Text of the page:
Colin Gleadell’s eye caught these Russian portraits that were sold at prices far in excess of their estimates. So he did a little digging and found out someone wanted the whole group of works very, very much:
Their appeal to a sense of Russian pride was enhanced by a prestigious provenance: the portraits were acquired in the Twenties by Prince Serge Obolensky, and passed down through his family.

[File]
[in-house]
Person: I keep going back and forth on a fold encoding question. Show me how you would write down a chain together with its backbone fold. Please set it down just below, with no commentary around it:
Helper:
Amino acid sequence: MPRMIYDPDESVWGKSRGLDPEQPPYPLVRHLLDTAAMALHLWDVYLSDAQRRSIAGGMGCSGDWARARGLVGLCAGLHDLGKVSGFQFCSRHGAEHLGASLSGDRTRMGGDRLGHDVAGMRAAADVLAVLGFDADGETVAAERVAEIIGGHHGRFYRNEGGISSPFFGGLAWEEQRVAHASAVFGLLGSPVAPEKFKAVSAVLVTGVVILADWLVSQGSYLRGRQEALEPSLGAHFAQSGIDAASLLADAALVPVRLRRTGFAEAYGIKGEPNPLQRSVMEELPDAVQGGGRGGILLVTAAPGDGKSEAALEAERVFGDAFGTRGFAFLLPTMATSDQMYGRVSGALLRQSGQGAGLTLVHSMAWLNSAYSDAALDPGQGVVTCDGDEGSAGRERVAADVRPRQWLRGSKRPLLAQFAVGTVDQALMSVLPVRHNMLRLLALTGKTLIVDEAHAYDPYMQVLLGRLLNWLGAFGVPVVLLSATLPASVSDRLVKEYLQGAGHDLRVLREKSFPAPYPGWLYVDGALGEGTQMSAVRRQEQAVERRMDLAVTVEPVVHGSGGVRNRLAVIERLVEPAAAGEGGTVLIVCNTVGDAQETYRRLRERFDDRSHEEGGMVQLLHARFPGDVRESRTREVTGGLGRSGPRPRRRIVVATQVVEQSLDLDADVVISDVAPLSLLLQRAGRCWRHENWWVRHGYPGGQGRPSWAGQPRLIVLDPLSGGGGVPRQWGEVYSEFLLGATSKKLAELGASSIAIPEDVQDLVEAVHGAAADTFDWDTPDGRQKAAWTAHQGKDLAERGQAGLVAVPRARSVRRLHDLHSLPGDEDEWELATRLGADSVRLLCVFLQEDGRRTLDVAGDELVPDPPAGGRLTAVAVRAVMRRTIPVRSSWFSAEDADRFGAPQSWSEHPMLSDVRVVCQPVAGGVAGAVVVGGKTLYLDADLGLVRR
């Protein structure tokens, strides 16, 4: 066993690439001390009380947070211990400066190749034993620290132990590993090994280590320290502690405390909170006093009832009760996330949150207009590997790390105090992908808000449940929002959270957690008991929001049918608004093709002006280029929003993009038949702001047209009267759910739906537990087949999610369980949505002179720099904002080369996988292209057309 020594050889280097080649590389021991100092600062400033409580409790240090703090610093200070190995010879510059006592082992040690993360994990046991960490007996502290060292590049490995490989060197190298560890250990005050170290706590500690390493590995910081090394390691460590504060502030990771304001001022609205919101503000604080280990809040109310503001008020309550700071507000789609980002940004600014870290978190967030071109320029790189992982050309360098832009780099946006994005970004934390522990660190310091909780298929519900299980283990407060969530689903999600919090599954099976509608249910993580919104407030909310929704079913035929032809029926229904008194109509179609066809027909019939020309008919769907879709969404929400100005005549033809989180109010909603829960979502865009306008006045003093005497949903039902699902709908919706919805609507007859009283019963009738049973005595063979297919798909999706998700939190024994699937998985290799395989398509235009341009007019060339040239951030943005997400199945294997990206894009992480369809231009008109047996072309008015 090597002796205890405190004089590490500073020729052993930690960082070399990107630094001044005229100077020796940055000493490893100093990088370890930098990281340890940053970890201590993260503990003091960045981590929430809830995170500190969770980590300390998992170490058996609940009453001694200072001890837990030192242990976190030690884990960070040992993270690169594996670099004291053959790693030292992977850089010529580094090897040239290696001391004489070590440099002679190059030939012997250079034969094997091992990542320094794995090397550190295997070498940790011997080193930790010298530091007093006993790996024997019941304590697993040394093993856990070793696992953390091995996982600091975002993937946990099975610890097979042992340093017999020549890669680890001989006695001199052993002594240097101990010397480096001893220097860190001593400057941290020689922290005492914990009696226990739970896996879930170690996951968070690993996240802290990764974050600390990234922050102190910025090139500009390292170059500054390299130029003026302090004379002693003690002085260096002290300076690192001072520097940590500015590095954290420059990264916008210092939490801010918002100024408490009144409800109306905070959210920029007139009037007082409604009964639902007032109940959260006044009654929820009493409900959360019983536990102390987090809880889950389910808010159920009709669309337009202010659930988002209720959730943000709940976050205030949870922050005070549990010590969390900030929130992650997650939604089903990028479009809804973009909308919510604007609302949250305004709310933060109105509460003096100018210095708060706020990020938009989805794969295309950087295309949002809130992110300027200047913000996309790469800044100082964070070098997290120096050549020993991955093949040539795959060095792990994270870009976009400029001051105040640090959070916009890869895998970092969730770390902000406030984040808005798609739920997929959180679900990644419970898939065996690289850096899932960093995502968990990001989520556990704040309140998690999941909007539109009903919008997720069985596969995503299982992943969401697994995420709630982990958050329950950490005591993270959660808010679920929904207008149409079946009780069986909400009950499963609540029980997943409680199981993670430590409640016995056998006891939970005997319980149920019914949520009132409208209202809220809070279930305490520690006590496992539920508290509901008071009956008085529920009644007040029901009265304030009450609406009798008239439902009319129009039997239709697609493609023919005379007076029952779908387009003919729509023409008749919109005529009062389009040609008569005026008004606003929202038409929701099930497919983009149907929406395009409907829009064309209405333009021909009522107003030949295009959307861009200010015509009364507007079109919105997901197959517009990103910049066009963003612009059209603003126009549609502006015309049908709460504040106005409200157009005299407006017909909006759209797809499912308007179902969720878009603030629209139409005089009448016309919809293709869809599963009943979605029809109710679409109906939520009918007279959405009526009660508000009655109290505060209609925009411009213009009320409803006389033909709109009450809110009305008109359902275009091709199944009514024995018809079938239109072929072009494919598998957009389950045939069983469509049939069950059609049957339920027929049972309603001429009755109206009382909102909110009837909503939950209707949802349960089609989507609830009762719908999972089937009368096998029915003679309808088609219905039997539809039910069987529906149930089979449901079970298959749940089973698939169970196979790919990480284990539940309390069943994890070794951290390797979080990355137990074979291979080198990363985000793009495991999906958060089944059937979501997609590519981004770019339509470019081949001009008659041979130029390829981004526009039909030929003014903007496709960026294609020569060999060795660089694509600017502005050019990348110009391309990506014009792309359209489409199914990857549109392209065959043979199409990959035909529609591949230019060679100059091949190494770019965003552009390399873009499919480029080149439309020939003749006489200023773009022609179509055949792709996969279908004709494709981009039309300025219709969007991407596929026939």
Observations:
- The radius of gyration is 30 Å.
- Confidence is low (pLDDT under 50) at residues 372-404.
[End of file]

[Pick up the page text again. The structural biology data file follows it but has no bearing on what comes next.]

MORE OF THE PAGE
Nothing by Borovikovsky had sold for more than £70,000 at auction, so Christie’s estimated these examples at about £50,000 each, although another portrait by Borovikovsky, owned by the Russian cellist Rostropovich, had been valued by Sotheby’s for a sale in 2007 at £400,000. Before that sale, however, the whole collection was bought by the Russian billionaire and part-owner of Arsenal football club, Alisher Usmanov, who gave it to the Russian state, so there is no record of the price it made. In the event, last week, Christie’s was swamped with bids. One of the group portraits sold for £3 million, and the five paintings, estimated at £210,000, sold for £8 million – all to the same anonymous phone bidder.